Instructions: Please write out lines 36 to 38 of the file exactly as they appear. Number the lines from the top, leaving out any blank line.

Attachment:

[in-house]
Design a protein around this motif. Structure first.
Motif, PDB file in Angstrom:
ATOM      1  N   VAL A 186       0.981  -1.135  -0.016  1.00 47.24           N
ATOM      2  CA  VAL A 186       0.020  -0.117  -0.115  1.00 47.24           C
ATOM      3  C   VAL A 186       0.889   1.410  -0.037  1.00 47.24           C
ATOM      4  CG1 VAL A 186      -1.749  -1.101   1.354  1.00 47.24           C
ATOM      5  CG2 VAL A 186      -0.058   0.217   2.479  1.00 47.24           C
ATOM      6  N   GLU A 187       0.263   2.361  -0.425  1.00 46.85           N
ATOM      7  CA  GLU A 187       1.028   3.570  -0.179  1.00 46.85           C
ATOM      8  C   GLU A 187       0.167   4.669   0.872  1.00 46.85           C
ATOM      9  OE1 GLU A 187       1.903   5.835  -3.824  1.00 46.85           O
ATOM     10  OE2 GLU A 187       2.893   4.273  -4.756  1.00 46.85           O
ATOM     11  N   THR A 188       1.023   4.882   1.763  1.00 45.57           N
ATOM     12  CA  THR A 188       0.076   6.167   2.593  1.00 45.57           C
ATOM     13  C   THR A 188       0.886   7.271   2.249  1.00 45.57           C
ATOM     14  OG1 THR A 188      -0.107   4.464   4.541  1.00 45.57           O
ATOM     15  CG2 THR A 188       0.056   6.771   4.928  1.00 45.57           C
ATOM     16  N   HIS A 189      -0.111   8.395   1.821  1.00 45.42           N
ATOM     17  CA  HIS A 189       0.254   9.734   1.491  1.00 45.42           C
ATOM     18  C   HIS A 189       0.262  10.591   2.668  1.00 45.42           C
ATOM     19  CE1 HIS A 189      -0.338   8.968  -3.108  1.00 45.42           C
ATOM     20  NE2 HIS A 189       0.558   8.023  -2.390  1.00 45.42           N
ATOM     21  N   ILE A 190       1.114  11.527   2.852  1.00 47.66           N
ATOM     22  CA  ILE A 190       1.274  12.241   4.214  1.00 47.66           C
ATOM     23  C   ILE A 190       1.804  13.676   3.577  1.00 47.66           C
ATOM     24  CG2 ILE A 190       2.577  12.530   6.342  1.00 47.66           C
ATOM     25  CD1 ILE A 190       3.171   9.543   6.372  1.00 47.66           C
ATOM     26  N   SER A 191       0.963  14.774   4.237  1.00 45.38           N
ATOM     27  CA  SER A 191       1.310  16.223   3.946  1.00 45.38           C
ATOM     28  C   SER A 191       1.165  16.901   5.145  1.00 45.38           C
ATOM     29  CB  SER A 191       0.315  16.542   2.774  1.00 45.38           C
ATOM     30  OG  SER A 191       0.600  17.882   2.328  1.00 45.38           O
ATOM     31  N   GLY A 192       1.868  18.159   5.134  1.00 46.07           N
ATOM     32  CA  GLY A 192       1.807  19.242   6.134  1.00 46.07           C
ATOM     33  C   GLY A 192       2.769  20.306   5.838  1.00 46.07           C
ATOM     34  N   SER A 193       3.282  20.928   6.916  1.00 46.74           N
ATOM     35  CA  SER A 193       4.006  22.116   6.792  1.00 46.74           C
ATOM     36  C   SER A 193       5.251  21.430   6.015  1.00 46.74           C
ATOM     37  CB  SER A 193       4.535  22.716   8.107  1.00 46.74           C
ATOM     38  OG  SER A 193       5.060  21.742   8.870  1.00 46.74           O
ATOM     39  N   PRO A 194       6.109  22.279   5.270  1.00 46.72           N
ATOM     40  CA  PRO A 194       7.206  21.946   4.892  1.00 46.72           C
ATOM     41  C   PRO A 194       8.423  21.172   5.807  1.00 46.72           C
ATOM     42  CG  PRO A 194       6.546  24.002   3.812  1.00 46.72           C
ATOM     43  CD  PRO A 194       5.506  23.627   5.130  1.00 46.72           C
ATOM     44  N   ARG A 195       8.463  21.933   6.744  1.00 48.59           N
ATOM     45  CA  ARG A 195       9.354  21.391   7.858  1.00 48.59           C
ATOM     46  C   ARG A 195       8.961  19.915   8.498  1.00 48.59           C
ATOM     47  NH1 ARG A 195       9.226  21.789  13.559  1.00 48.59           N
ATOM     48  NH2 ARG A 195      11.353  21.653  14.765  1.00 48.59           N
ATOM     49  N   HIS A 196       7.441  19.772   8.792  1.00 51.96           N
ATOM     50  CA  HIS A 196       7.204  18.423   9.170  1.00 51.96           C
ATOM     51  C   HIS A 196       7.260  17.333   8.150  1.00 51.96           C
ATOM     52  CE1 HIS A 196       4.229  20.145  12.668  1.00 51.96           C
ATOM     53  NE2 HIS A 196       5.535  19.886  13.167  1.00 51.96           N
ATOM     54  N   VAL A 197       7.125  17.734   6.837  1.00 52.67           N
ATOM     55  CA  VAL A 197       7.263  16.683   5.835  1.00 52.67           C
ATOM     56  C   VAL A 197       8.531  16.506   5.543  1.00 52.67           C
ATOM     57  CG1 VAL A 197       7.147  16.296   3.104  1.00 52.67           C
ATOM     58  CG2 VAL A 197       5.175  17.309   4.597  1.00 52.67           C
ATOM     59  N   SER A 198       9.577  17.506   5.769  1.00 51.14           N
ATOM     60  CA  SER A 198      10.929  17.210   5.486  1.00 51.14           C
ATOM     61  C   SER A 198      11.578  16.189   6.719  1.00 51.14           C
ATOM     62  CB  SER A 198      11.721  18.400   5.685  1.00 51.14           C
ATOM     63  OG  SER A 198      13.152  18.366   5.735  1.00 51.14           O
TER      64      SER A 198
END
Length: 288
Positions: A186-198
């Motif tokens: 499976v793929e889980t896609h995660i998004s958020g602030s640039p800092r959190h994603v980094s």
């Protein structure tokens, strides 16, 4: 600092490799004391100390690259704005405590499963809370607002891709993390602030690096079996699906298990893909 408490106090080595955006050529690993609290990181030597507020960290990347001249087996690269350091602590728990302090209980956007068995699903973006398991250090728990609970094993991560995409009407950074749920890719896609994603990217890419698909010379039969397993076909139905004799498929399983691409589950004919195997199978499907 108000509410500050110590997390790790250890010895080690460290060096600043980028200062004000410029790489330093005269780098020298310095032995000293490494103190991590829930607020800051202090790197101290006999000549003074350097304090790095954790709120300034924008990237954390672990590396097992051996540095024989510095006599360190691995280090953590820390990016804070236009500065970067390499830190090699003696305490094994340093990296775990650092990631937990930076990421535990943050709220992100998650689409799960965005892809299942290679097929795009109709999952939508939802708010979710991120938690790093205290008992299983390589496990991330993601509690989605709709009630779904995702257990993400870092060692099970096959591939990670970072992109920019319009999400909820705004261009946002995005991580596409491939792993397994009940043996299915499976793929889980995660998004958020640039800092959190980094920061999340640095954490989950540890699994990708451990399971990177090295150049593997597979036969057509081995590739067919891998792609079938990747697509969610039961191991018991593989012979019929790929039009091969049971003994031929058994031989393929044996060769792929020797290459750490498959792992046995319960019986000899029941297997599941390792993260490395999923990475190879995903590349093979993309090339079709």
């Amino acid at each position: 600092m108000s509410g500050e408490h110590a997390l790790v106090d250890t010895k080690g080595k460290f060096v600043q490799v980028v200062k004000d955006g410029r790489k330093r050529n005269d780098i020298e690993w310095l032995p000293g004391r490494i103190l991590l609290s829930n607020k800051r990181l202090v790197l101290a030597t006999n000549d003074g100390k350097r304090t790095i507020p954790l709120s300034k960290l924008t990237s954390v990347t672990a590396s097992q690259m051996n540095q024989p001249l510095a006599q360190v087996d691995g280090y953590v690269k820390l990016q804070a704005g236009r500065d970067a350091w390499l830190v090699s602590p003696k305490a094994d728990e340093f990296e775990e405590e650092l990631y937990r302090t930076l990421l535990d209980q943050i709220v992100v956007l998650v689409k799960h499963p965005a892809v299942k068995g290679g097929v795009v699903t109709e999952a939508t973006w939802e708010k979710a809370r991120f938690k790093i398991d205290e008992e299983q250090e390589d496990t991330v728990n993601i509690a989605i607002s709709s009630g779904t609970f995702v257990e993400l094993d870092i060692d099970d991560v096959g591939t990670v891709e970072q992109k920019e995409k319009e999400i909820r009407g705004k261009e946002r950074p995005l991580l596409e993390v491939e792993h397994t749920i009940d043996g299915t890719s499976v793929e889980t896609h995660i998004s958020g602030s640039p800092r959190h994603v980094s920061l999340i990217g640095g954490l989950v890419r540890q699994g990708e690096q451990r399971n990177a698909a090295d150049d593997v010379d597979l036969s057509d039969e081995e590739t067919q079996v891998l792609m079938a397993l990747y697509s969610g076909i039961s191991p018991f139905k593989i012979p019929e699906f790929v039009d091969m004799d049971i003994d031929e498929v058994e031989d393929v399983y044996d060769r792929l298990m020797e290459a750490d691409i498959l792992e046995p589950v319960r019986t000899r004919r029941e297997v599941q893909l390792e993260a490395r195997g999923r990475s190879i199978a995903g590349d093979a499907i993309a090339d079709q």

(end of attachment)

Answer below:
ATOM     33  C   GLY A 192       2.769  20.306   5.838  1.00 46.07           C
ATOM     34  N   SER A 193       3.282  20.928   6.916  1.00 46.74           N
ATOM     35  CA  SER A 193       4.006  22.116   6.792  1.00 46.74           C